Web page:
The Parliamentary Committee on Agrarian Issues, in cooperation with the United Nations Food and Agriculture Organization, is working on a project to reach a population in need in Georgia. It is planned to create a food bank with expiring products that are harmless to human health. For this purpose, it is important not to tax the transfer of expired food for charity or donation, in which direction the legislation will change, reports Commersant.ge.
As Khatia Tsilosani, a member of the Parliamentary Committee on Agrarian Issues, told Commersant, work on the relevant legislative framework will begin in a couple of weeks, and by the end of 2022, Georgia will have a legal framework in place that will allow businesses to donate products that are still safe for human consumption, but which the sale of will no longer be possible.
She noted that the Food Bank will mainly cooperate with restaurants, hotels and supermarkets, which will supply harmless products to the bank according to a pre-defined list. Based on the initial document, the food bank will be managed not by the state, but by charity organizations.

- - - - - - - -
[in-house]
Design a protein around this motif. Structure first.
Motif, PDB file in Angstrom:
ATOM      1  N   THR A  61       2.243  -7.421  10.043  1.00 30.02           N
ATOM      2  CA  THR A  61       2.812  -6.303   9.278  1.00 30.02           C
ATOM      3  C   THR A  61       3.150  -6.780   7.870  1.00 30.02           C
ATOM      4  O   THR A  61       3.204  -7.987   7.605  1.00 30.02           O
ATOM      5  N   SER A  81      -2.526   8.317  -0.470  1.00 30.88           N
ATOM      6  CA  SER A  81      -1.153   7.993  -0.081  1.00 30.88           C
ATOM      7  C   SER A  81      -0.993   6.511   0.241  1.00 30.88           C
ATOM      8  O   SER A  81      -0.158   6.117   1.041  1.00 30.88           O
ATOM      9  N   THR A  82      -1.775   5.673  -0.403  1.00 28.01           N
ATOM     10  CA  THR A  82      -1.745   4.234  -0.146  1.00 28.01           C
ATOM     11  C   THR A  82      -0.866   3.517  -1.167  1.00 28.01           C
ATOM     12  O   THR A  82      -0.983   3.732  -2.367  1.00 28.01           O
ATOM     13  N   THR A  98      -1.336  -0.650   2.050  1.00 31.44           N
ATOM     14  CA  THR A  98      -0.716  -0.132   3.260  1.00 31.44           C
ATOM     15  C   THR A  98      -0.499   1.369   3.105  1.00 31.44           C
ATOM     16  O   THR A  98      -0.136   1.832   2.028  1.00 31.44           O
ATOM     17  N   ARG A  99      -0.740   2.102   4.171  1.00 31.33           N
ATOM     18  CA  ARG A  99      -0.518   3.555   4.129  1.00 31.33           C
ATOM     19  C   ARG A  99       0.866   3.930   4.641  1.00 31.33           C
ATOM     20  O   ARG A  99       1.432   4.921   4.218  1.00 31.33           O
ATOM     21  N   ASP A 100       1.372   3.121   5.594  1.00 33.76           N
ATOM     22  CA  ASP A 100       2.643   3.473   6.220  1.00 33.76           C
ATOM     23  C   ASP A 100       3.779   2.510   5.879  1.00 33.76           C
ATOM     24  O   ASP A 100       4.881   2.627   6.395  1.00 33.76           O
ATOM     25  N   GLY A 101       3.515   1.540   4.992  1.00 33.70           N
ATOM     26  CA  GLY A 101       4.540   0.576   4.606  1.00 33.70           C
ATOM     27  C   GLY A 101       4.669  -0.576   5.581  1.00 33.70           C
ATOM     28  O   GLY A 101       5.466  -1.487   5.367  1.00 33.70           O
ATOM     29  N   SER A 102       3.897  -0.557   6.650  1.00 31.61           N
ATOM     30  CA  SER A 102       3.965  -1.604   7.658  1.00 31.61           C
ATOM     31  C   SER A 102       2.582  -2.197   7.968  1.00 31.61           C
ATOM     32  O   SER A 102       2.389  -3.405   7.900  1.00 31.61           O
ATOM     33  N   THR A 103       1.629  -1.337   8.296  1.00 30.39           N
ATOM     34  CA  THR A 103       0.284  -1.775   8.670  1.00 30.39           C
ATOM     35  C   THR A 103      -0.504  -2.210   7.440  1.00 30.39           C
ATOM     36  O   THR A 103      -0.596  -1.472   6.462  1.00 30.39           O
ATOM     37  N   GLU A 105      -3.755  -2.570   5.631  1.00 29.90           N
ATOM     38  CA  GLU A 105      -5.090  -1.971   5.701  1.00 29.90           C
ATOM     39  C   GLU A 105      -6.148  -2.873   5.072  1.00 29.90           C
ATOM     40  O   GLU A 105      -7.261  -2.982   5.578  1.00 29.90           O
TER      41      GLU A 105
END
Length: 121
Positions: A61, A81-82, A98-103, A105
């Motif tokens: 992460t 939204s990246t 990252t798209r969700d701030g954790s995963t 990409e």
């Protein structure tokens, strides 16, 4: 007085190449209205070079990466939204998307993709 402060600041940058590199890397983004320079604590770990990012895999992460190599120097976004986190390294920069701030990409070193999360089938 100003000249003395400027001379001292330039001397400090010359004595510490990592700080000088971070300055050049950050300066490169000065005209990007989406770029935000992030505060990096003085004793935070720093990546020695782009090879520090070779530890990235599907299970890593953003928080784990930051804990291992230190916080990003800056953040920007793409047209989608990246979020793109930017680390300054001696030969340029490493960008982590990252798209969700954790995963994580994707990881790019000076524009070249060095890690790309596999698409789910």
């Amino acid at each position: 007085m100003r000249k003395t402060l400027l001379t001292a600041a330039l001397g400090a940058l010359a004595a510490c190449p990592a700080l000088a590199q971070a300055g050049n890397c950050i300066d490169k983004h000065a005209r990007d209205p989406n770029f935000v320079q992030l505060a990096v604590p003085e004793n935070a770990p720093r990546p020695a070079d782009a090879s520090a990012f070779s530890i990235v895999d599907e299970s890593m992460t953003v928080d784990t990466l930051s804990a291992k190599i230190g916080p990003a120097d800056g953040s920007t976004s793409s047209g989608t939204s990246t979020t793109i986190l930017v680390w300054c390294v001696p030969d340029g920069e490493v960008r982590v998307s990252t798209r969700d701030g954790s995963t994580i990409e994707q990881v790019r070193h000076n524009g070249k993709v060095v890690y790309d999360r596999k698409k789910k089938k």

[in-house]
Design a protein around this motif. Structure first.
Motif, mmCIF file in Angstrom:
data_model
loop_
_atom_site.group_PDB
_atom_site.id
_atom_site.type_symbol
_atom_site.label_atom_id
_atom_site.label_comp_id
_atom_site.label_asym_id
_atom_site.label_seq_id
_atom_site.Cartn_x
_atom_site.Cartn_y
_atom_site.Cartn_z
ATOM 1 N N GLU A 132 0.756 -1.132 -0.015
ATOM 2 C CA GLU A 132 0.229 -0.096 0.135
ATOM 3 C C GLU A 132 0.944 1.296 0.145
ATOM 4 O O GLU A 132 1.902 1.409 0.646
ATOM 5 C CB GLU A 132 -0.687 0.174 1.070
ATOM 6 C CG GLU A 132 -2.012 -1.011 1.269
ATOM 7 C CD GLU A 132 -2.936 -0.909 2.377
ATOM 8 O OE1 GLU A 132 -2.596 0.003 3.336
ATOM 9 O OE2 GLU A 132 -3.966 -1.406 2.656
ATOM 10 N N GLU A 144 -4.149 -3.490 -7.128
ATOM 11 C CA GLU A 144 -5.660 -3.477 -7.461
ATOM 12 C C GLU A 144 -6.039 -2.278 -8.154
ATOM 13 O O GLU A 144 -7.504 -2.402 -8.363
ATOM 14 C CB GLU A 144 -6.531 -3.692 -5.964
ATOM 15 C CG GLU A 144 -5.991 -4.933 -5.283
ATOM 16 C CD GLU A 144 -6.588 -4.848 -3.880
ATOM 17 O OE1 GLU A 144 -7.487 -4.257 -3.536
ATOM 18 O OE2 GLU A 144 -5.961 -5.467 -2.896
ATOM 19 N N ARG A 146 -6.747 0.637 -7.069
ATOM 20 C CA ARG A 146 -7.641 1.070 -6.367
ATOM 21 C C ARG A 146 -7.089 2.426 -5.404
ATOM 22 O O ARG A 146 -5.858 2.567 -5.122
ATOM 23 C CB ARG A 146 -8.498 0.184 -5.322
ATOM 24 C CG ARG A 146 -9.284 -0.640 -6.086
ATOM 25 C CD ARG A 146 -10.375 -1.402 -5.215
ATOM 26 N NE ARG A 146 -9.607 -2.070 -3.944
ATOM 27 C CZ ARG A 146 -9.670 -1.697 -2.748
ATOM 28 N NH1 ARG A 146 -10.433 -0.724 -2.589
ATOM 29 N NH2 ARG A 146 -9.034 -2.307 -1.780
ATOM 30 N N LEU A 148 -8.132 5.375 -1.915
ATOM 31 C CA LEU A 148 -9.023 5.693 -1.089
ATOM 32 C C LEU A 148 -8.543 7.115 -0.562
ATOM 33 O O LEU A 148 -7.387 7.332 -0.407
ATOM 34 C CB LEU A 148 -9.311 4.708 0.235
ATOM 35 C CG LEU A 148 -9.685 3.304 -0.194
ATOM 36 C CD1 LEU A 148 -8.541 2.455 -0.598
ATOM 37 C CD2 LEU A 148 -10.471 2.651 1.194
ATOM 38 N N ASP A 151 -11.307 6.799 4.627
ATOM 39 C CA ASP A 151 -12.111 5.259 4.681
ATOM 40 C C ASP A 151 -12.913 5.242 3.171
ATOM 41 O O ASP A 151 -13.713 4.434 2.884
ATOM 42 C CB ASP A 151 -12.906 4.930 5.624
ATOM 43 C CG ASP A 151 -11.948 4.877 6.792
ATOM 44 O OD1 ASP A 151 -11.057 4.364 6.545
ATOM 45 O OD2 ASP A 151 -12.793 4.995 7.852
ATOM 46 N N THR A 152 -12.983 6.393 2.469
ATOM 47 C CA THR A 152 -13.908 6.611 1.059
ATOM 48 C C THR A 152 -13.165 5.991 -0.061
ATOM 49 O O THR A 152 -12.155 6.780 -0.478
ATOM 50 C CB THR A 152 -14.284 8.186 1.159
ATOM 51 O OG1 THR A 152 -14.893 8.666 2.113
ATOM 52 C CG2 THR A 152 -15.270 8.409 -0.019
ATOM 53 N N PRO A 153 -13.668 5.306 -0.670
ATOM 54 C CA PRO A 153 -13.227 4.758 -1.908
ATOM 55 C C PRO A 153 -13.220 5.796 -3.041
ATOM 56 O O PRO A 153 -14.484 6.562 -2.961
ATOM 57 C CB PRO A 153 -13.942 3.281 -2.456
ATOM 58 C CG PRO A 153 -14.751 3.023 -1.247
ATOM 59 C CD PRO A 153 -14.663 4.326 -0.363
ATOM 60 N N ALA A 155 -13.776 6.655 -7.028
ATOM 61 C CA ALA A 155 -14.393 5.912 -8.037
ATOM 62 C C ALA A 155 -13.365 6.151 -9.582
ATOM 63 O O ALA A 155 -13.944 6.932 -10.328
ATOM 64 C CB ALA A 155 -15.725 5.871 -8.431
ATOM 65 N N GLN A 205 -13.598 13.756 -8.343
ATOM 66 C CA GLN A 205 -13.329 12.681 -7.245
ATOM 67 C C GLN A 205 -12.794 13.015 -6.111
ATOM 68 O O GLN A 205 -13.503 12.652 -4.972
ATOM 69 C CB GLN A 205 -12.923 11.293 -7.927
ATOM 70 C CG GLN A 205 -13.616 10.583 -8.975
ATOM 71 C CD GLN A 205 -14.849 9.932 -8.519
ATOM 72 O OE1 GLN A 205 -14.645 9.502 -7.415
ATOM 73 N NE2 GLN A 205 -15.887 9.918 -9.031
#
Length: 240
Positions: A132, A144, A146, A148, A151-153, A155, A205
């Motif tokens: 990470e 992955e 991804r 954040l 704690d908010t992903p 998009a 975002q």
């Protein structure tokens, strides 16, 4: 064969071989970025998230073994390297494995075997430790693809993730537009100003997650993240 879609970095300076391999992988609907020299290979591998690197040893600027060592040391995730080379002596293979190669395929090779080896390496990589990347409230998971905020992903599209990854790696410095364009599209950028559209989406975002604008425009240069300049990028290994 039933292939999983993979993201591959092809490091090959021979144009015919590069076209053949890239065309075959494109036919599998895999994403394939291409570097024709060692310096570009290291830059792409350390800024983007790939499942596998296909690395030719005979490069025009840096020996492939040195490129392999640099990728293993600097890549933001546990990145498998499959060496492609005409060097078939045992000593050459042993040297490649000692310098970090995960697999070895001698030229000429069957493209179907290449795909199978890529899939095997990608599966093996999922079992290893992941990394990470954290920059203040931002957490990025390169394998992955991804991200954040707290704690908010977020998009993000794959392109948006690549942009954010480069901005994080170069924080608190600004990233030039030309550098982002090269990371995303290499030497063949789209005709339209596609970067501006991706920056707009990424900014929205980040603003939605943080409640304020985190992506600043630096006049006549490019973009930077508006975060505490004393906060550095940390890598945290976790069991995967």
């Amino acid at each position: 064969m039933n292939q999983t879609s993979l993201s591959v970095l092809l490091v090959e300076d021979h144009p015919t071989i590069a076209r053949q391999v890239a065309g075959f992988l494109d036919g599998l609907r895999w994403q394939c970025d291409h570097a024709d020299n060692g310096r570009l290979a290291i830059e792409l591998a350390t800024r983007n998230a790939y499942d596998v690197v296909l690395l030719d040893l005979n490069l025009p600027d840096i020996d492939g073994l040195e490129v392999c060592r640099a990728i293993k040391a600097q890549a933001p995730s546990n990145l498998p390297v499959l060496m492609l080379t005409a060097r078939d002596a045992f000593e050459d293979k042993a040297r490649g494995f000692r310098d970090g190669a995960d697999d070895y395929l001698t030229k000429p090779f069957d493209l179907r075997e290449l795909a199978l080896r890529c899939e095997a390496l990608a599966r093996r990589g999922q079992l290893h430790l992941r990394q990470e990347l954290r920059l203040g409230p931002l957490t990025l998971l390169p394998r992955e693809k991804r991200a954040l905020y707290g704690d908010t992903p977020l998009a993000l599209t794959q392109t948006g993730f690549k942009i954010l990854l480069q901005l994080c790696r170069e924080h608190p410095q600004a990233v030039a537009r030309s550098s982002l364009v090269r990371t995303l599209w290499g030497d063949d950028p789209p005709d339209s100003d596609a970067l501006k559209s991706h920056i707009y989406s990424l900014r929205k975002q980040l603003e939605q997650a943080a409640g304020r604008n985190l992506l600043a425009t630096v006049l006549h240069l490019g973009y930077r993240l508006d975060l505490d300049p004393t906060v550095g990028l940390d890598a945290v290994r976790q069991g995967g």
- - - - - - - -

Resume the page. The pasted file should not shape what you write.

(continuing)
Participation in the system will be voluntary for the private sector, although they will be encouraged by the appropriate tax regime.
More details regarding the project are expected to become known in the near future.
Based on a new report released by the Food and Agriculture Organization of the United Nations (FAO) and the World Food Program (WFP), up to 35 million people in 20 countries around the world are at risk of starvation in the coming months. Experts name the coronavirus pandemic, climate change and armed conflicts as the main reasons for this.
At the same time, it is known that 1.3 billion tons of food is thrown away and lost every year in the world, which could have fed about 3 billion people.
Regarding Georgia, access to food is one of the most serious problems in the country. 622,266 people are surviving with state aid. Numerous UN studies have shown that thousands of people are starving, including children.
By Ana Dumbadze